All grade levels need to have a great deal of print on the walls that assist students with (depending on the grade level) the alphabet, sight words, phonics concepts, writing and content vocabulary. Of course, you can buy commercial posters, make some online, or print on chart paper. But more ownership comes when these materials are created with the help of the students through Interactive Writing (sometimes also called Shared Writing). Check out the interactive writing that students can continue to refer to during the school year…(these were all taken in Douglas County School District classrooms during my literacy training years, 2006-2009). More on interactive writing, including how to use it with older students, and in content areas, in a future blog!
I even tried to maintain a print-rich environment in and right outside of my offices once I left the classroom! This was a display in the hall outside my door for our upcoming all-school Star Wars Day my GT students were planning!
And don’t forget Word Walls! There are so many ways to create word walls: on the wall (of course) personal word walls, or electronic word walls. Content area classrooms in secondary schools should have them too and so should art, music, and PE teachers! More on Word Walls in a future blog!
More tudent written words – Photo by Jan
Word Wall using a felt backdrop; perfect for teachers who track in & out of classrooms!
Abby Schmitz’s personal sight word rings for her 2nd grade students.
Abby’s Word Wall lists
I love how eye catching and colorful this wall is! – Abby Schmitz, 2nd grade a Ruth Hill Elementary in Lincoln NE
(Click on each picture in the photo tile above for explanation and credit!)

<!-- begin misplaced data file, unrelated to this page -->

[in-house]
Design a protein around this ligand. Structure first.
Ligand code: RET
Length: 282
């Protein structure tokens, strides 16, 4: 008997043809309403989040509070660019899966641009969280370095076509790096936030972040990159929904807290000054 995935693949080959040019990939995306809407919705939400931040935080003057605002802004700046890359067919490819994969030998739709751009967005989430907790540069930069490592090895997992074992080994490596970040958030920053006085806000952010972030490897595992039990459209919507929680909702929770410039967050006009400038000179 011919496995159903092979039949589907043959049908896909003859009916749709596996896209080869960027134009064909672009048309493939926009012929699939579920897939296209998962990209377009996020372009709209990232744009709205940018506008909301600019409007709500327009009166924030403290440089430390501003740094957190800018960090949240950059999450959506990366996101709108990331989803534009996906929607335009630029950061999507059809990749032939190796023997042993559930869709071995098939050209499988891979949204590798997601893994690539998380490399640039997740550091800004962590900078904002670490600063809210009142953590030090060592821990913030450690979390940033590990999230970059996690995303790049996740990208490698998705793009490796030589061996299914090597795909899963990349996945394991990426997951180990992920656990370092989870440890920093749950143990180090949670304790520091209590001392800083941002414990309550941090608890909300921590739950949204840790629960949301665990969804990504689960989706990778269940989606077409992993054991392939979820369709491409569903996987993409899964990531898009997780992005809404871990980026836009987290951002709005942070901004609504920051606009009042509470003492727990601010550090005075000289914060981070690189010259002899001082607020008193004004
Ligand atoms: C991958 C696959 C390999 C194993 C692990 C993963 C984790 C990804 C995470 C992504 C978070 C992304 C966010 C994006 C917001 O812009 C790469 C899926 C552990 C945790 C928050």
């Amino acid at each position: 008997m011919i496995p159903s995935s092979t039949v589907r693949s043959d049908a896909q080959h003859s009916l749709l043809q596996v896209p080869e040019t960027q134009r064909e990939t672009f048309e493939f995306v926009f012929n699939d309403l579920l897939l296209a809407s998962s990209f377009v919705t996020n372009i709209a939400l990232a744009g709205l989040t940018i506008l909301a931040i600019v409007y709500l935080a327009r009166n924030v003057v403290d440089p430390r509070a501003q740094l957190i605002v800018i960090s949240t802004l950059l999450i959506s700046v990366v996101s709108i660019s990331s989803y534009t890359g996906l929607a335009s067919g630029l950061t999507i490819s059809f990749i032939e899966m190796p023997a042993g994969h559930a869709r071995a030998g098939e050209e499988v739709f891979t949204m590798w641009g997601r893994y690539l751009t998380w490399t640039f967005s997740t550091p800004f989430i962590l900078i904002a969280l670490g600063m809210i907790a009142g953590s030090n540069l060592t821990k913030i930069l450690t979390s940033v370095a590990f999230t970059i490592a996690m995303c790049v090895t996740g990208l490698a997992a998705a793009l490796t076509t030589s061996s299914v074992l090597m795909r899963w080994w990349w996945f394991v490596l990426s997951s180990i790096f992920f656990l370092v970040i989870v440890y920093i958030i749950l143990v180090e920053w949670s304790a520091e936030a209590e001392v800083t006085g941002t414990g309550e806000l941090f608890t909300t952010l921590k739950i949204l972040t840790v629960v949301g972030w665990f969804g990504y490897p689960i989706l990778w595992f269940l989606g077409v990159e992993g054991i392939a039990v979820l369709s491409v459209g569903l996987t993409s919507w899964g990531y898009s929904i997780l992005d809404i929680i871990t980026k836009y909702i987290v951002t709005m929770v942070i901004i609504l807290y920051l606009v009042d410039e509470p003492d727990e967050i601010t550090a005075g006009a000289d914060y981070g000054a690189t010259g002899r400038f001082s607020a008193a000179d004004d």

Classroom Design and Layout
“The room arrangement should encourage repeated opportunities to interact with literacy materials and activities to practice skills that students are learning.” (Gunn, Simmons, & Kameenui, 1995)
Another question teachers need to ask themselves is: Does the room arrangement support all literacy activities of the instructional framework? How your room is set-up can affect how successful your literacy activities are! What area will allow for a large enough classroom library, where students can both read and browse for books? Where will content print be hung so that students can use as a reference? And most importantly, where is your whole class meeting area? This is something that I never had in my 90’s intermediate classroom; again, I had never been taught or told to have one! But in my classroom visits, I saw the power of this space, not only in primary classrooms but also in intermediate! These areas are used for read-aloud, shared reading, interactive writing, interactive editing (all topics coming soon to this blog!) and mini-lessons. And of course, they can be used for class meetings as well. You also need an area for your small group instruction work. Check out some ways teachers have designed their whole-class meeting and small group instruction areas!
(Click on each picture in the photo tile below for explanation and credit!)
This was my small group area in the RtI classroom at my school!
Here is Abby’s Guided Reading area!
Kelly’s whole class meeting area for her 5th graders.
Children who are successful at becoming literate view reading and writing as authentic activities from which they get information and pleasure, and by which they communicate with others. – Richard Allington, Classrooms That Work
Finally, a literacy-rich environment needs to include authentic literacy activities, not ones created by publishing companies (disclaimer: nothing wrong with using these occasionally, but authentic stuff creates better readers/writers!). NWEA states that: “Authentic learning occurs when activities or projects offer students an opportunity to directly apply their knowledge or skills to real-world situations.” So what are examples of authentic literacy activities? Here are a few ideas in the slideshow below: daily class or personal news, novel character texts (I used http://ios.foxsash.com/), real text from tutoring student to parent using a vocabulary word, thank you notes, a character “Fakebook” page using Classtools.net, or this Google Doc template, and an Instagram template! For more ideas, check out my Pinterest board on the Literacy-Rich Environment for even more!